How to calculate Q347 ?

The WPA does not explicitly explain how to calculate the Q347 for a given watercourse, but a publication by the Federal Office for the Environment (FOEN, 2000) gives some indications: The calculation of the Q347 has to be based on average daily flows. The daily flow variability is not taken into account. The simplest way to determine the Q347 is to produce the flow duration curve (FDC) for a period of ten years and extract the flow rate that is reached or exceeded 95% of the time (equivalent to an average of 347 days per year). Practically, you have to sort the average daily flows in descending order, assign a rank to each and calculate the annual frequency for each value as follows:

fr = 365 · r/N

with: fr the annual frequency (in number of days), r the rank and N the number of daily mean discharge data.

Finally, the discharge value corresponding to the Q347 is the mean daily flow rate with an annual frequency fr of 347.

However, some caution must be taken. It is important to have a large period of data to ensure a statistically significant Q347. A trend in the data, for example due to climate change, can affect the calculation. In these cases, the FOEN advises to only use the ten most recent years of data for the calculation.

When no sufficient data is available for the calculation of Q347, there are some methods to approximate it. For example it can be extrapolated with correlated data that covers a larger stretch of time. However, the results of these estimation methods should be considered with precaution. Low water flow rates are extremely variable in both space and time, and the behaviour of one basin cannot usually be applied to another basin.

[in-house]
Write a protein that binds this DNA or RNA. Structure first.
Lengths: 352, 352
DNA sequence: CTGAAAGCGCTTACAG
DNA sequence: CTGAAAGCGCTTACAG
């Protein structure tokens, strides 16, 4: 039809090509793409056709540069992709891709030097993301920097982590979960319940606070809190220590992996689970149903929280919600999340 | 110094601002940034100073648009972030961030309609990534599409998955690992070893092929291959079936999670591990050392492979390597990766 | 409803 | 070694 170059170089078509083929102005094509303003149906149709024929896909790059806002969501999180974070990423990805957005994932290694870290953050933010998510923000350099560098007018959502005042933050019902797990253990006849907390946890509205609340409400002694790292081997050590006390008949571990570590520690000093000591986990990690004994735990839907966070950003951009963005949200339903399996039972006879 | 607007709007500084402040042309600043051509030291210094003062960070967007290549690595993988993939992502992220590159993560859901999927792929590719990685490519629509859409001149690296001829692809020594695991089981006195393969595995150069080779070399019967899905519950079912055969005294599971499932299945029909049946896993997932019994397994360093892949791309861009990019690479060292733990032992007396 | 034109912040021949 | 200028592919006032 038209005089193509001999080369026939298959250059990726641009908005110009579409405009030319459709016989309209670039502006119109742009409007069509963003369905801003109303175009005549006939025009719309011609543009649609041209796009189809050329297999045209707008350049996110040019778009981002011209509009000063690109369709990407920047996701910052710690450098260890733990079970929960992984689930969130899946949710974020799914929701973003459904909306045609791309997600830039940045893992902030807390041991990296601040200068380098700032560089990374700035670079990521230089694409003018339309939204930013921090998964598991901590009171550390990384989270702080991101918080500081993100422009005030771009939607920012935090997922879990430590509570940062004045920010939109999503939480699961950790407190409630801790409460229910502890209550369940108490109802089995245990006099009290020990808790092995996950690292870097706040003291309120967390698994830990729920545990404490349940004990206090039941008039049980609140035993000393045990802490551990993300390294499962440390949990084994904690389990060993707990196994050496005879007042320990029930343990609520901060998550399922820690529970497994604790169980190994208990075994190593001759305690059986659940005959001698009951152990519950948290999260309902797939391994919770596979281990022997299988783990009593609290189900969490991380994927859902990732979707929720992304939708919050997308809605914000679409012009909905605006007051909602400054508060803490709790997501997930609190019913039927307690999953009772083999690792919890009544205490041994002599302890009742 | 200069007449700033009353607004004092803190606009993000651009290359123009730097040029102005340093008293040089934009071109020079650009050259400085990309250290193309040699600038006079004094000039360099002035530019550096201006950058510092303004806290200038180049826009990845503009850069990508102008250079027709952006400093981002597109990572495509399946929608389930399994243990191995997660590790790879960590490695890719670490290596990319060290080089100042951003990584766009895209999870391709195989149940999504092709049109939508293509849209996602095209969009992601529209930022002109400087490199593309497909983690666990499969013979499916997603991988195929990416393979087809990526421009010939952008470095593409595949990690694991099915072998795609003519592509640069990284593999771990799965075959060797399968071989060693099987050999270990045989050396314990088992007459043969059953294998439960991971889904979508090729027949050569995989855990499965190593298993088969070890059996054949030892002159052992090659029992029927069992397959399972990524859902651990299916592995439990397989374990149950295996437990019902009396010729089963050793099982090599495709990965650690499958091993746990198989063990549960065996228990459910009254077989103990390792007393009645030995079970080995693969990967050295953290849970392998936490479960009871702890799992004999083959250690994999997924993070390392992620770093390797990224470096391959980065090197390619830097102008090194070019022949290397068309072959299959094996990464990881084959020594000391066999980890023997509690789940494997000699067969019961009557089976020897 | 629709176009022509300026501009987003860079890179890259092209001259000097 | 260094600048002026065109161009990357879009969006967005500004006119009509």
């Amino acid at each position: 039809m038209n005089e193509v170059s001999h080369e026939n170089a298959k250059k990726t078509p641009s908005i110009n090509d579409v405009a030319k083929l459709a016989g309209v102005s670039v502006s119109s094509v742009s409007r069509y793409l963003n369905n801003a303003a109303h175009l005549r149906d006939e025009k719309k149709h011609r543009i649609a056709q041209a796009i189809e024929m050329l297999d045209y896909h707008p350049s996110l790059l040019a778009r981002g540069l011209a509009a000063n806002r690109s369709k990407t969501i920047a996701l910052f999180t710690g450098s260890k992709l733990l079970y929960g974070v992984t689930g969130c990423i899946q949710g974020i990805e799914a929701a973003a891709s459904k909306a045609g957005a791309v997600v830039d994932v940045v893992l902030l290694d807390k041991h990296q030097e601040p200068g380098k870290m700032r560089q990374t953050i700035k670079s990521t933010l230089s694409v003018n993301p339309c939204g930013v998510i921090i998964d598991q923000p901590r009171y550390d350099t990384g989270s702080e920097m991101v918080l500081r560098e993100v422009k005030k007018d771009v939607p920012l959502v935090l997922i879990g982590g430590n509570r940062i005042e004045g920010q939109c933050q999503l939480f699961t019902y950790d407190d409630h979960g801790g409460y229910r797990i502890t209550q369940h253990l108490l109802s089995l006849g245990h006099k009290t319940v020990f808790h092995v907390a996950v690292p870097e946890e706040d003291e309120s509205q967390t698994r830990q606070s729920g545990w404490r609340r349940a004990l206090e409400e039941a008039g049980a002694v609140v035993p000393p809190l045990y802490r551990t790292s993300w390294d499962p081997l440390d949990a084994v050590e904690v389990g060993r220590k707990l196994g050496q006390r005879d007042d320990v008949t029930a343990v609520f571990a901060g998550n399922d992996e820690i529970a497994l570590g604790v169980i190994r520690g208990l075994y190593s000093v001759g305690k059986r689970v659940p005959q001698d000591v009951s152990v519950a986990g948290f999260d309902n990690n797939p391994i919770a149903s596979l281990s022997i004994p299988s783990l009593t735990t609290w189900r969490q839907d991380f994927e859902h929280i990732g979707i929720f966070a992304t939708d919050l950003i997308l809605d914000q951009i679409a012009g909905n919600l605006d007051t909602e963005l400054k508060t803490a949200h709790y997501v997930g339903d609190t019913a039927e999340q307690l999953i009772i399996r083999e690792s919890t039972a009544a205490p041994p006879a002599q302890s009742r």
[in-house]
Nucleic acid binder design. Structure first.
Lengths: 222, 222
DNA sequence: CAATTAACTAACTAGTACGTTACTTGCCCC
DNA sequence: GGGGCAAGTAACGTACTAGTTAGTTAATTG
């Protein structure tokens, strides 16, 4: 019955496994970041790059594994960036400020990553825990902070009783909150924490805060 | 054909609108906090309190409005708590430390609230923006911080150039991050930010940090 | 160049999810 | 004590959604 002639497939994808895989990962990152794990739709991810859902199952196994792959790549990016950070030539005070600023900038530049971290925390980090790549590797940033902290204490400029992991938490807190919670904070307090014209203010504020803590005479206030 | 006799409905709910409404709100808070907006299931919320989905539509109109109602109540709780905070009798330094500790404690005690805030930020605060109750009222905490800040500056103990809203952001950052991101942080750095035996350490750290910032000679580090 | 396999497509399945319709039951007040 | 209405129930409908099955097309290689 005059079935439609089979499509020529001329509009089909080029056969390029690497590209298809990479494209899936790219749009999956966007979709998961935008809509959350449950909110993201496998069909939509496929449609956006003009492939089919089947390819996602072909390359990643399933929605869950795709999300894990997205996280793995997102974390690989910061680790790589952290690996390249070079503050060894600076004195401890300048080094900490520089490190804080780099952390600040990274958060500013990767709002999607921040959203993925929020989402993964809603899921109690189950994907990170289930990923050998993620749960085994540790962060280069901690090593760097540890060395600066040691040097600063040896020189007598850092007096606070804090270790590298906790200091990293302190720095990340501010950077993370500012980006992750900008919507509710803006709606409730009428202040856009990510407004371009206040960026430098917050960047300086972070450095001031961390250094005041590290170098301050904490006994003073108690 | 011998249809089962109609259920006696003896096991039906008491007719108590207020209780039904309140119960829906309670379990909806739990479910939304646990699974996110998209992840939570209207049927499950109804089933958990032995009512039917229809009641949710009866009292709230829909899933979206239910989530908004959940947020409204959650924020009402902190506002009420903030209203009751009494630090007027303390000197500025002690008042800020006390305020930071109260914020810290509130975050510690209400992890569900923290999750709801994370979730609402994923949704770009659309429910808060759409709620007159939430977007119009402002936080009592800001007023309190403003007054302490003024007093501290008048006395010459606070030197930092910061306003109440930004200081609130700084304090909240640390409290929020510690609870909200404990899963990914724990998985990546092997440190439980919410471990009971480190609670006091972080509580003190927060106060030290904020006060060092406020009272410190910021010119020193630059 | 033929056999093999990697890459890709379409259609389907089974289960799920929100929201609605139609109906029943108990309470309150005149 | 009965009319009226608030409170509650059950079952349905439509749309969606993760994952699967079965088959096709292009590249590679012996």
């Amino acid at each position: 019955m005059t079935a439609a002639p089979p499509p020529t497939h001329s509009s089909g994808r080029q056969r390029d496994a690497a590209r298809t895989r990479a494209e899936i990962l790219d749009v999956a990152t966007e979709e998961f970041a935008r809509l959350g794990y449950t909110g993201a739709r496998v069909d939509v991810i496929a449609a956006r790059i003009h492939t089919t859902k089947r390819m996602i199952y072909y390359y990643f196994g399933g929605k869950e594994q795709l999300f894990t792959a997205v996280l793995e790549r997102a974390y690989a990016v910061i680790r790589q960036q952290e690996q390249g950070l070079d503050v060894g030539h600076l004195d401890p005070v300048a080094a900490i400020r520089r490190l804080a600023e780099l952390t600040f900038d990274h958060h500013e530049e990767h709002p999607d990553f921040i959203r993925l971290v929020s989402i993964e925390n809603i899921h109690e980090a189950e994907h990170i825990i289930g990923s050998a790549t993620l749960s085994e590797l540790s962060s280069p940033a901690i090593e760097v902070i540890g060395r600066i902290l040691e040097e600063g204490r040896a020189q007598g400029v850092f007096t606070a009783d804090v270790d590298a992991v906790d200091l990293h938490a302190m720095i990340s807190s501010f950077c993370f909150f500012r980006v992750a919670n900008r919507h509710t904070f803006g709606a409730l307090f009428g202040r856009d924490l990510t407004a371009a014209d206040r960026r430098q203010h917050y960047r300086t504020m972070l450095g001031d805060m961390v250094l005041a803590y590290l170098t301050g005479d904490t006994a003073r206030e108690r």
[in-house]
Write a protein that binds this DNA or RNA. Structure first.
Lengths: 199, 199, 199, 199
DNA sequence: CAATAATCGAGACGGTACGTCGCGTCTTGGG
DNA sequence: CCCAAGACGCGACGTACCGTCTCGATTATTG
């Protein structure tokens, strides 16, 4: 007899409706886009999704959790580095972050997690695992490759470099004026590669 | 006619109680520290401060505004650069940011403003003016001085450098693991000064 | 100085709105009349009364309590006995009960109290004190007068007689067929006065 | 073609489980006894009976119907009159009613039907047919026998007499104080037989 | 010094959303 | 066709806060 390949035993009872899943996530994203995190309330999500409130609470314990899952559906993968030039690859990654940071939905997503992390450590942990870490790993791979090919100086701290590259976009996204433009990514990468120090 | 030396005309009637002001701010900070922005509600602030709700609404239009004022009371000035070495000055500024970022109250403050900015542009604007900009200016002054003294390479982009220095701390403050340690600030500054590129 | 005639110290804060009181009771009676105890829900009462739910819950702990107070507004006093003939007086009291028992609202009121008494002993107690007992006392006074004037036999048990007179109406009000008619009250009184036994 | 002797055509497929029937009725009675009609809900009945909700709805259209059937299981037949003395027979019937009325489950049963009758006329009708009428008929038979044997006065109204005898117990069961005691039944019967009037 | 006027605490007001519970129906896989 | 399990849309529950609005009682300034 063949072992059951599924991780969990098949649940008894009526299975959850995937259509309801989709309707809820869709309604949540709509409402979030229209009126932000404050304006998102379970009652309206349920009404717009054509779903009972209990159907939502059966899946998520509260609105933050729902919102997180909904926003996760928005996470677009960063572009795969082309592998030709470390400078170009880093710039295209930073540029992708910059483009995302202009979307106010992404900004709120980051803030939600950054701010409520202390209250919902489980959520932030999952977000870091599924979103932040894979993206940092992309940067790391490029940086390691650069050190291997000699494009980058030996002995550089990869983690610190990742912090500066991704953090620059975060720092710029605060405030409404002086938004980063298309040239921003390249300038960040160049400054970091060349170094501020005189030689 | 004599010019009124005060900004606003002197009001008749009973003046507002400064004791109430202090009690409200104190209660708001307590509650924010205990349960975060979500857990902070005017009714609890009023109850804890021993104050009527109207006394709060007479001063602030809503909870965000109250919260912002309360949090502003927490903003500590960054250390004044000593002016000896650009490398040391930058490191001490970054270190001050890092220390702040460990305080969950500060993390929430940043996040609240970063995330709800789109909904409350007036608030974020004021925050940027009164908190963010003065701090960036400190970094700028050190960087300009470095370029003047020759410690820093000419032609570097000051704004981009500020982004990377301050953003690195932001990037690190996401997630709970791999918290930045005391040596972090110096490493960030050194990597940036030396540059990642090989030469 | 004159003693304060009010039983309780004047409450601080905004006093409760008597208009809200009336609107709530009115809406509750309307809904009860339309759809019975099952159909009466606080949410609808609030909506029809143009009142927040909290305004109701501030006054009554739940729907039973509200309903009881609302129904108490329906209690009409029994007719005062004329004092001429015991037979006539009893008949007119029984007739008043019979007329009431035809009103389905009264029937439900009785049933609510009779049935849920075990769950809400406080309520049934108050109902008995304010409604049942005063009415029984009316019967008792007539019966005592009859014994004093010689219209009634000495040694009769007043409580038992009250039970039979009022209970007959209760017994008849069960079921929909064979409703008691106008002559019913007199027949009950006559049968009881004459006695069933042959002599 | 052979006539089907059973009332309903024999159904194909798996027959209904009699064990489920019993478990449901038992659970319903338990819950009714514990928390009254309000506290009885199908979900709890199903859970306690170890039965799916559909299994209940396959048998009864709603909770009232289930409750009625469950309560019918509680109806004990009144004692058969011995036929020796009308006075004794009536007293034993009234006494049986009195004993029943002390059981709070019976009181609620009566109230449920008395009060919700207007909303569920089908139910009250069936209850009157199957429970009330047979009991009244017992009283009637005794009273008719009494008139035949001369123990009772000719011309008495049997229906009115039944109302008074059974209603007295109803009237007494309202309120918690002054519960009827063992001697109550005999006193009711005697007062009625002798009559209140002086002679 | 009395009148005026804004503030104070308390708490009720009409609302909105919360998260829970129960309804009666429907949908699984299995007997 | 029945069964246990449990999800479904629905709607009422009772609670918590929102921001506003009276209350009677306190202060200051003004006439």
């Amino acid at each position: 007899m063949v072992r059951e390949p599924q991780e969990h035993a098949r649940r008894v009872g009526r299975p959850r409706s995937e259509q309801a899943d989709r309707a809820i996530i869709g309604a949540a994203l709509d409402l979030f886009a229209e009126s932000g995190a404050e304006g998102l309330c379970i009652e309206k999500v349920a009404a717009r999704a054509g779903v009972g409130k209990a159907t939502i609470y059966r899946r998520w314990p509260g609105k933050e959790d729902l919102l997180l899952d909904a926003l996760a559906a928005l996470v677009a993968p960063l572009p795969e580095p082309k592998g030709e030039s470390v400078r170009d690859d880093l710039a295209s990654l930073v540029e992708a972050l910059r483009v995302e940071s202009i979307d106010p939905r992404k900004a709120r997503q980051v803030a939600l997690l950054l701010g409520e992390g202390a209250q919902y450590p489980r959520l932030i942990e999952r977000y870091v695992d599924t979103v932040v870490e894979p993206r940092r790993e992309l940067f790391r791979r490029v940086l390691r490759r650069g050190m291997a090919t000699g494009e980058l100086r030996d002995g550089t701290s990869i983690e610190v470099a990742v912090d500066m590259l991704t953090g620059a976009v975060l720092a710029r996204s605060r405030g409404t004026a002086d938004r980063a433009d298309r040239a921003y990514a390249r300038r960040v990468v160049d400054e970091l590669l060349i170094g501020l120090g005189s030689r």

For more detailed information on this problematic and about the Q347, we highly encourage you to take a look to the two following publications of the FOEN:
–  « Débits résiduels convenables – Comment peuvent-ils être déterminés? », instructions, 2000, Office fédéral de l’environnement OFEV
–  « Le débit d’étiage Q347, état de la question », 1999, Office fédéral de l’environnement OFEV

References:
–  OFEFP (2000). « Débits résiduels convenables – Comment peuvent-ils être déterminés? ». Instructions de l l’Office fédéral de l’environnement, des forêts et du paysage (OFEFP), Berne, VU-2701-F.
–  Service hydrologique et géologique national (1999). « Le débit d’étiage Q347, état de la question »,Office fédéral de l’environnement, Berne, LHG-27-D.

 

New AQUATOOL website of the Hydro10 Association

The Universitat Politècnica de València (UPV), as active member of Hydro10, has developed a new website about AQUATOOL tool (aquatool.hydro10.org).

AQUATOOL is a generalized Decision Support System Shell for water resources planning and management. It includes different calculation modules, for example, to simulate the system management or to evaluate the water quality in rivers and reservoirs.

In this new website, you can find more information about the tool and the latest downloads.

Welcome to the new website of the Hydro10 Association

In this web site, you will find all the relevant information about the association, its objectives, the supported techniques and tools and its projects.